In addition to Darby’s view of ecclesiology, his followers were attracted to his understanding of history, especially the end of history. He believed that in history, God revealed his plan progressively, resulting in seven different “dispensations”: Paradise, Noah, Abraham, Israel, Gentiles, the Spirit, and the Millennium. In his literal biblical interpretation, Darby asserted that Christ would take up believers in the rapture, and Christ would return with all his saints in his Second Coming. Darby’s dispensationalism became widely known in North America through Cyrus Scofield’s Scofield Reference Bible (first released in 1909), and it remains a popular view of the end times among conservative evangelicals today. (For more on Darby, see CH 128.)
Emma Dryer (1835–1925)
Born in Massachusetts and orphaned young, Emma Dryer grew up with her aunt, who made sure Dryer had a thorough biblical education. She went on to graduate from a women’s college in New York, after which she taught astronomy and math for two years, became the principal at a women’s college in Illinois, and later taught grammar and drawing at what is now Illinois State University in Bloomington, Illinois.
In 1870 Dryer moved to Chicago and became actively involved in charity and mission work. She ministered to inmates in local jails, became the superintendent of the YWCA, and helped spread the gospel through her church connections. D. L. Moody (1837–1891) heard of Dryer’s ministry work and was in awe of her learning and Bible knowledge. They mutually encouraged one another in their evangelistic and ministry training work. By 1878 Dryer was training 17 people as ministers of the gospel for her Bible Work of Chicago organization.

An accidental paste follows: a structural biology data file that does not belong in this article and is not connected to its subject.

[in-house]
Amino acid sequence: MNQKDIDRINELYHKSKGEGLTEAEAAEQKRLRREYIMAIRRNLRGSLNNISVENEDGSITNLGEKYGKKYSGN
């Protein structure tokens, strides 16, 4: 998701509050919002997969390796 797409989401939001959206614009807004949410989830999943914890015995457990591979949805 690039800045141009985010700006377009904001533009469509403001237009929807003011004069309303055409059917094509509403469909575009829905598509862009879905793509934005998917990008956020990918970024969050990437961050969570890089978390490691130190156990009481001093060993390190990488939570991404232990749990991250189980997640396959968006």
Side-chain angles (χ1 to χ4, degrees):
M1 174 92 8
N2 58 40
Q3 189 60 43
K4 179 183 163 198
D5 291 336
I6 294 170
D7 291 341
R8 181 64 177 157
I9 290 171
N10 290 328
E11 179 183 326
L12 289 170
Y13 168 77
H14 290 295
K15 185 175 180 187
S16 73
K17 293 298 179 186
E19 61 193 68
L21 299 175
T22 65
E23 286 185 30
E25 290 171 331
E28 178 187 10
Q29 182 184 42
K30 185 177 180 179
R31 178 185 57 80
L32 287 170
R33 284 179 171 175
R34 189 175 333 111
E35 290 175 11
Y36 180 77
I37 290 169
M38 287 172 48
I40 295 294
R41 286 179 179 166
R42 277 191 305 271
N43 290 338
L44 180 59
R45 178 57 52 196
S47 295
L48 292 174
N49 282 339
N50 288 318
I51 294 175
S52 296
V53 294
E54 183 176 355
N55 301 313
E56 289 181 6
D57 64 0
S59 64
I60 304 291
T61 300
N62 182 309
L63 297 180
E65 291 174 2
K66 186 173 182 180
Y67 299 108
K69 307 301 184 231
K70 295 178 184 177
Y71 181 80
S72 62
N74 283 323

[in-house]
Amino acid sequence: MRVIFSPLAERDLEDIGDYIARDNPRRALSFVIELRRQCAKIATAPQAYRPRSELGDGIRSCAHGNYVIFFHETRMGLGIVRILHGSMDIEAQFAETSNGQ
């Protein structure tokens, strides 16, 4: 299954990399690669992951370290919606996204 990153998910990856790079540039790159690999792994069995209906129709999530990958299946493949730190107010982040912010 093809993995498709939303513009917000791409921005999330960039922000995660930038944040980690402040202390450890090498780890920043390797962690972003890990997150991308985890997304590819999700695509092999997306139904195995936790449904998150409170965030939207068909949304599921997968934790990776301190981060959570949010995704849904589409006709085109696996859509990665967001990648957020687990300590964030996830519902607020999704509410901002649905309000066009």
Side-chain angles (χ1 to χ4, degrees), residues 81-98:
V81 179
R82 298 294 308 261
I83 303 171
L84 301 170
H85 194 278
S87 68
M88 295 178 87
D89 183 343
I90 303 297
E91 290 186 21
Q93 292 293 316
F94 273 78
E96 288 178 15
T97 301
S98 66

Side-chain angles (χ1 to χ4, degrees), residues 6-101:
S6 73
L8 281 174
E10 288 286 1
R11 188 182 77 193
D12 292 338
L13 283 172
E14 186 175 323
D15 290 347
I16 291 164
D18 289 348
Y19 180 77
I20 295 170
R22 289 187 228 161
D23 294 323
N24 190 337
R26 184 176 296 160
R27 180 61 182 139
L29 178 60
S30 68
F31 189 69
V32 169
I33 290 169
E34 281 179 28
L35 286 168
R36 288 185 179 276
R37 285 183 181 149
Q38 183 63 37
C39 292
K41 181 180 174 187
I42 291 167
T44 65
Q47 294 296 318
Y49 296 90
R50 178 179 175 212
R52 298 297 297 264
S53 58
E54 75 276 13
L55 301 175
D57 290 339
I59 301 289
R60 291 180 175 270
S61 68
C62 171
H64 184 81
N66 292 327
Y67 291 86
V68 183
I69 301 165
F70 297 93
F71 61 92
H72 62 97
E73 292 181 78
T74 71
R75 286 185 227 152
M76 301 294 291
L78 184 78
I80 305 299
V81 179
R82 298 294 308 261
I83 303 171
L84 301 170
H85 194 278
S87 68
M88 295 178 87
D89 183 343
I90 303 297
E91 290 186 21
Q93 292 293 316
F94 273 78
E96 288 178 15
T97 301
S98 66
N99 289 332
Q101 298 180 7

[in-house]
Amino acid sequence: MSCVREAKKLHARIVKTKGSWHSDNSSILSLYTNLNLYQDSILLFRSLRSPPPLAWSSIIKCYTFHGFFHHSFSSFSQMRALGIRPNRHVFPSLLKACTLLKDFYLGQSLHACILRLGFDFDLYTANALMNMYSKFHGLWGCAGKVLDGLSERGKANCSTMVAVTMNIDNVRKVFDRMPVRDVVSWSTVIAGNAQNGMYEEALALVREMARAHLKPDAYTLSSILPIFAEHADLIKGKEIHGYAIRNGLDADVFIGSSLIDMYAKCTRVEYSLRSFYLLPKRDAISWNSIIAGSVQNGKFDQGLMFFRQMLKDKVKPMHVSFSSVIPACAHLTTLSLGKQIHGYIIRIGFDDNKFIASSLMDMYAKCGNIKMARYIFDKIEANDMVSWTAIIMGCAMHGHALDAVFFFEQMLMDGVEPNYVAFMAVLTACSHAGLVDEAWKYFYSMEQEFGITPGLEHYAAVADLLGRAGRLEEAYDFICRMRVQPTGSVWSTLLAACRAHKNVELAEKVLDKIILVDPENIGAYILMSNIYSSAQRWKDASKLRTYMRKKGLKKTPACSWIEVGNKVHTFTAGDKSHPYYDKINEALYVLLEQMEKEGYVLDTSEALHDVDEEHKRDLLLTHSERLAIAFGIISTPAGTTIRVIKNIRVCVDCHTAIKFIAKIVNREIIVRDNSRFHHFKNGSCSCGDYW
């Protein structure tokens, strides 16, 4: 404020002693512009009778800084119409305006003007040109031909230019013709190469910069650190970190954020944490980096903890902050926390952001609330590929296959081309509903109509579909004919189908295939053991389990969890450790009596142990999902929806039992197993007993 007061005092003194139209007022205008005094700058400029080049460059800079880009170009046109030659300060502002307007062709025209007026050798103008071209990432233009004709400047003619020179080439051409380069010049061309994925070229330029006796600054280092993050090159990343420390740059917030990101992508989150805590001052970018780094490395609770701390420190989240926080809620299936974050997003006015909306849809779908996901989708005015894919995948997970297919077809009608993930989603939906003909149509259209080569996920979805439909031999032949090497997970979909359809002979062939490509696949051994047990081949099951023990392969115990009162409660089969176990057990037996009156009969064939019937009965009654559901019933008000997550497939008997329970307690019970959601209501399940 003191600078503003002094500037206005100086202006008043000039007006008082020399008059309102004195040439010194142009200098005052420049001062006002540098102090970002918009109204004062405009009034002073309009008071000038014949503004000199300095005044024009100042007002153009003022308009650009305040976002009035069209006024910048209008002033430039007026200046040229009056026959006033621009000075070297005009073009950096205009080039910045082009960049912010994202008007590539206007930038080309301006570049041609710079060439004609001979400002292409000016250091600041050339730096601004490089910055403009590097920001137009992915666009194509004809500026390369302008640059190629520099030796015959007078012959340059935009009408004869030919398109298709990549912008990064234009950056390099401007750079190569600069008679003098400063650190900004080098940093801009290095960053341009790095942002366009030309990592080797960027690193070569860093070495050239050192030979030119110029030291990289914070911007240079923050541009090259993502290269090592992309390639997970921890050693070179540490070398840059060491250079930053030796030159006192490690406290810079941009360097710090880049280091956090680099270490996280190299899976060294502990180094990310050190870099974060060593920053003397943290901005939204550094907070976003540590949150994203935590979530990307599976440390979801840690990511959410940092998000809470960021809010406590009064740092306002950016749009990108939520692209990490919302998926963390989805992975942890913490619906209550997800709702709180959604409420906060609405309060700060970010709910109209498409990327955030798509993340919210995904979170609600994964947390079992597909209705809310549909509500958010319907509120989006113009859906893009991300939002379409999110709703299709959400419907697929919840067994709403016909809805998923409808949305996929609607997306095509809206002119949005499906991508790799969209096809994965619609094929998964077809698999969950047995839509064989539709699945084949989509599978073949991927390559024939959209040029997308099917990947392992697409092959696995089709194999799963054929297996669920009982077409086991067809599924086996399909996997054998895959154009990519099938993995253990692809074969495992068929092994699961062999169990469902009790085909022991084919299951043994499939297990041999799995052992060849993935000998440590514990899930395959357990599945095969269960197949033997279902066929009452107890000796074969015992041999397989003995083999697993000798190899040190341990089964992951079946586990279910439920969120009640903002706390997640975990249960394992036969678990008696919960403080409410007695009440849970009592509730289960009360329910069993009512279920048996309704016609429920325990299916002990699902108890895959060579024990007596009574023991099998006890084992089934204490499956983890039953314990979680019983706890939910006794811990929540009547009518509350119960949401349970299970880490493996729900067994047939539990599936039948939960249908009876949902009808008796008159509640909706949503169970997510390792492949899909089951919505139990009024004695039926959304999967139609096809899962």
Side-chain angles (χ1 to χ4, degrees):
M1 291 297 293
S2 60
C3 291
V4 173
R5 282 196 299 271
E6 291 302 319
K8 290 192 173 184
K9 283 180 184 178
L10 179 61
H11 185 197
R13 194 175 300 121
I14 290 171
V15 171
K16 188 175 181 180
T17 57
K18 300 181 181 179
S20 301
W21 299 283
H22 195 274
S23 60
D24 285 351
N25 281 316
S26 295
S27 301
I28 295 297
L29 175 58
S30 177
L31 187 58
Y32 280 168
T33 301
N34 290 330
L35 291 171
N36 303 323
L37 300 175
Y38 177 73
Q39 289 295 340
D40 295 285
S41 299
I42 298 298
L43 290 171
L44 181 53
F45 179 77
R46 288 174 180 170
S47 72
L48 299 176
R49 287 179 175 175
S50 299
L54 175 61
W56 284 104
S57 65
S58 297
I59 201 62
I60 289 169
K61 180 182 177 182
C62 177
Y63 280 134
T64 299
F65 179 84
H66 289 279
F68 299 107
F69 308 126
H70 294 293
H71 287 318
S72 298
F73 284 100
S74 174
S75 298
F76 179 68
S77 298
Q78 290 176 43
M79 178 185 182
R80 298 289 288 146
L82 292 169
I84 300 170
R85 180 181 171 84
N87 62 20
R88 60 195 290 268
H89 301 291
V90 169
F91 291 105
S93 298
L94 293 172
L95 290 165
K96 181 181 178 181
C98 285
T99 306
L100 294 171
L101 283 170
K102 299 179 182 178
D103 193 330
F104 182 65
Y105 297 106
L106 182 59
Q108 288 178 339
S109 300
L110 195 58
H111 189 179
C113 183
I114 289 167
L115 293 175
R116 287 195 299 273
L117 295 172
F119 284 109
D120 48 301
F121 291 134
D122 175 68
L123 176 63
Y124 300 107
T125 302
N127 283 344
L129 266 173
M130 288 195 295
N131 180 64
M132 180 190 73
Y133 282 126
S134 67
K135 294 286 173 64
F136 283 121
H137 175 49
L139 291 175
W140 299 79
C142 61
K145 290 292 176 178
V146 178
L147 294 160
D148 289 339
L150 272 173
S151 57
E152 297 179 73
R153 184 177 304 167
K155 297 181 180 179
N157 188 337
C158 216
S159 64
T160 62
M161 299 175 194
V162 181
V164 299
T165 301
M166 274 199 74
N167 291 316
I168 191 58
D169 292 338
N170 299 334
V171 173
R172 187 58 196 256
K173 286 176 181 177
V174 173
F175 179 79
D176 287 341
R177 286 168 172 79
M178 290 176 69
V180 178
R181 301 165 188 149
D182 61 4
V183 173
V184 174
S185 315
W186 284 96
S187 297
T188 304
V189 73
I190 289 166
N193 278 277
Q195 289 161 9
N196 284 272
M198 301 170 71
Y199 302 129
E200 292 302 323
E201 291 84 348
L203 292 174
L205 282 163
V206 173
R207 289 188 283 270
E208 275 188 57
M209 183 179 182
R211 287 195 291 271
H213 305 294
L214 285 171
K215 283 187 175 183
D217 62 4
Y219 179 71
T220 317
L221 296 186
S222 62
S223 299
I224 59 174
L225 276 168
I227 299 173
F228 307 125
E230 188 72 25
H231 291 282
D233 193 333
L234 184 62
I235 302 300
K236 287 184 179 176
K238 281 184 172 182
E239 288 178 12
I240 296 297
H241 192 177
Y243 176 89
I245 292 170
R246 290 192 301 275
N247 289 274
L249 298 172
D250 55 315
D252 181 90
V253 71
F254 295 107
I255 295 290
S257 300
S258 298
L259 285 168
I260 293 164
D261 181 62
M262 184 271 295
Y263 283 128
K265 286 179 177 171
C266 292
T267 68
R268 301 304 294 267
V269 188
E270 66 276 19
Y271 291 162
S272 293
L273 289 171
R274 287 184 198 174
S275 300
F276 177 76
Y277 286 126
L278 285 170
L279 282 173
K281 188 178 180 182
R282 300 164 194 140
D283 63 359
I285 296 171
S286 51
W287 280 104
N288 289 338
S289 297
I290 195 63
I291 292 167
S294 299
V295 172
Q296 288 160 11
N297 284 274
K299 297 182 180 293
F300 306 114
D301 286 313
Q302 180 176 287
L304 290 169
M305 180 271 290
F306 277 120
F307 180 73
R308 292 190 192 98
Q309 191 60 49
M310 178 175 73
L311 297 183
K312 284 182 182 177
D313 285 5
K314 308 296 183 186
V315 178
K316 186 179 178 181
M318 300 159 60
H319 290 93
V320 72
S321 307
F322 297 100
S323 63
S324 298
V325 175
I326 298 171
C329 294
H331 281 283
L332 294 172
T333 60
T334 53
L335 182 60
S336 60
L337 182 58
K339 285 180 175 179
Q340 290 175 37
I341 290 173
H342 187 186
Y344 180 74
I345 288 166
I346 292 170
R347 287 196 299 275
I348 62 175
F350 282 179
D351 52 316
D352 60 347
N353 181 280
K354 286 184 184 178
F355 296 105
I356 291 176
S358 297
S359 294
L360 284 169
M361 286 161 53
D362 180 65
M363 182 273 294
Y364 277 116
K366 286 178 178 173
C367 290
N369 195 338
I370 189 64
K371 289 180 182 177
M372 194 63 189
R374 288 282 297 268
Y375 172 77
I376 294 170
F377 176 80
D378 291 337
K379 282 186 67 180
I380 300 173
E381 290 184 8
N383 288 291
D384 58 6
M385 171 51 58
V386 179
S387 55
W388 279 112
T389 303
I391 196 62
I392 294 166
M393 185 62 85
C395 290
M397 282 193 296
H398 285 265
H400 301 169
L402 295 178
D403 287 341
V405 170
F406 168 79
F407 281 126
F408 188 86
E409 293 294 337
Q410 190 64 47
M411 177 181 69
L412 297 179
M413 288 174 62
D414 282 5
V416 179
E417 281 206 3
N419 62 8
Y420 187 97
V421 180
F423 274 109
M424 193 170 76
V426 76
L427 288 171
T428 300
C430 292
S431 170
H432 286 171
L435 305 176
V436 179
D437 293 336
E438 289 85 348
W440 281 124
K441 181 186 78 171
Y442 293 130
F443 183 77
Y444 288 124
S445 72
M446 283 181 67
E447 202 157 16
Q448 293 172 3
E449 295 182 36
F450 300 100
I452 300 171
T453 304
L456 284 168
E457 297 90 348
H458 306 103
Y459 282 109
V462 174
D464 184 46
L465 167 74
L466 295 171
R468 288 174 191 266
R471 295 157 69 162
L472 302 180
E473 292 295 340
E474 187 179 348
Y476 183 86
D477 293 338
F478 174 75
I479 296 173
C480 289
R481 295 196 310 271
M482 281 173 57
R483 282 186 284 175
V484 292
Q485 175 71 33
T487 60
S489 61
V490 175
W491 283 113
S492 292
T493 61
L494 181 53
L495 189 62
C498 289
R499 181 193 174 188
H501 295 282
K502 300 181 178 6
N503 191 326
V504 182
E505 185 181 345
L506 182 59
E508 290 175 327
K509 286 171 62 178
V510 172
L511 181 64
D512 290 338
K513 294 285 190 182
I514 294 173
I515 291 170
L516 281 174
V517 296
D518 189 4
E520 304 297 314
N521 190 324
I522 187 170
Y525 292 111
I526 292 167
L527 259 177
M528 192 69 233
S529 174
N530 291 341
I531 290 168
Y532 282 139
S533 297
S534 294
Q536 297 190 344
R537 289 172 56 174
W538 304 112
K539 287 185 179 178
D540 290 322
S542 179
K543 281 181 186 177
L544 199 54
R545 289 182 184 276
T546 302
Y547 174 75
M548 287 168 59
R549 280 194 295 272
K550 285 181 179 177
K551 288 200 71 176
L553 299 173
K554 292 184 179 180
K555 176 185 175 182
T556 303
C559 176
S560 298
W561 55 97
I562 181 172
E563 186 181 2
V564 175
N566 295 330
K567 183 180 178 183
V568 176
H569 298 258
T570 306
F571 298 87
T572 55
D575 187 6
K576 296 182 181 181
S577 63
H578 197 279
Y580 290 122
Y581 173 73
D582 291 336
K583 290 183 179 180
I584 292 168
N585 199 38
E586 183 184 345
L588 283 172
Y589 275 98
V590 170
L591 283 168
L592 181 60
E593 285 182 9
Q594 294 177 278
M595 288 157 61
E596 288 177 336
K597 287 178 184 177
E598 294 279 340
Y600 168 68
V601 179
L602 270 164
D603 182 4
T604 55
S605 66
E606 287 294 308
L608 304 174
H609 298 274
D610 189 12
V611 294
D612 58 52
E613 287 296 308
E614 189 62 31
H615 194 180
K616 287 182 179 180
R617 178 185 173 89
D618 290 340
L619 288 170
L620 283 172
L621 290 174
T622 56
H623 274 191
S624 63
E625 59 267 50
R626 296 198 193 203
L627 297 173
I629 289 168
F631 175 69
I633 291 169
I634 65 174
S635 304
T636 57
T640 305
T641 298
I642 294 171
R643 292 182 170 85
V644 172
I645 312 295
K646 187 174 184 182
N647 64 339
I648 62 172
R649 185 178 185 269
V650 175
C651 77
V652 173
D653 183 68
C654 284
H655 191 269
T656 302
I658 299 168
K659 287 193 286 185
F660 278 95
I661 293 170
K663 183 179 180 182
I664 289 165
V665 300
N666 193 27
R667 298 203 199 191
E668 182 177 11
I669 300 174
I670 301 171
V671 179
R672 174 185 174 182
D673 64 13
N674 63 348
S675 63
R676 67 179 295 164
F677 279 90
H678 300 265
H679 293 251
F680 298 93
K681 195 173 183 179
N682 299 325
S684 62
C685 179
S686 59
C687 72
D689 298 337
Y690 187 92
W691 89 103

In 1888 Dryer’s Bible Work joined the Chicago Evangelization Society (its creation was a group effort that included Moody and other local Christian leaders). Within a year, however, Dryer decided to separate her organization from Moody’s over differences of opinion. Despite the break Moody said that Dryer was “the best teacher of the Word of God in the United States.” Dryer’s encouragement, persistence, and organizational skills had helped create the Chicago Evangelization Society, which eventually became the Moody Bible Institute after she left it.
The Chicago Bible Society’s Annual Report of 1901 showed the vast dedication Dryer had to the gospel and the people of Chicago. That year Dryer and her 13 coworkers had made more than 13,000 home visits to meet the physical and spiritual needs of the poor and sick. After retiring in 1903, Dryer supported the China Inland Mission and was elected superintendent emeritus of the Bible Workers’ Home.
William Cameron Townsend (1896–1982)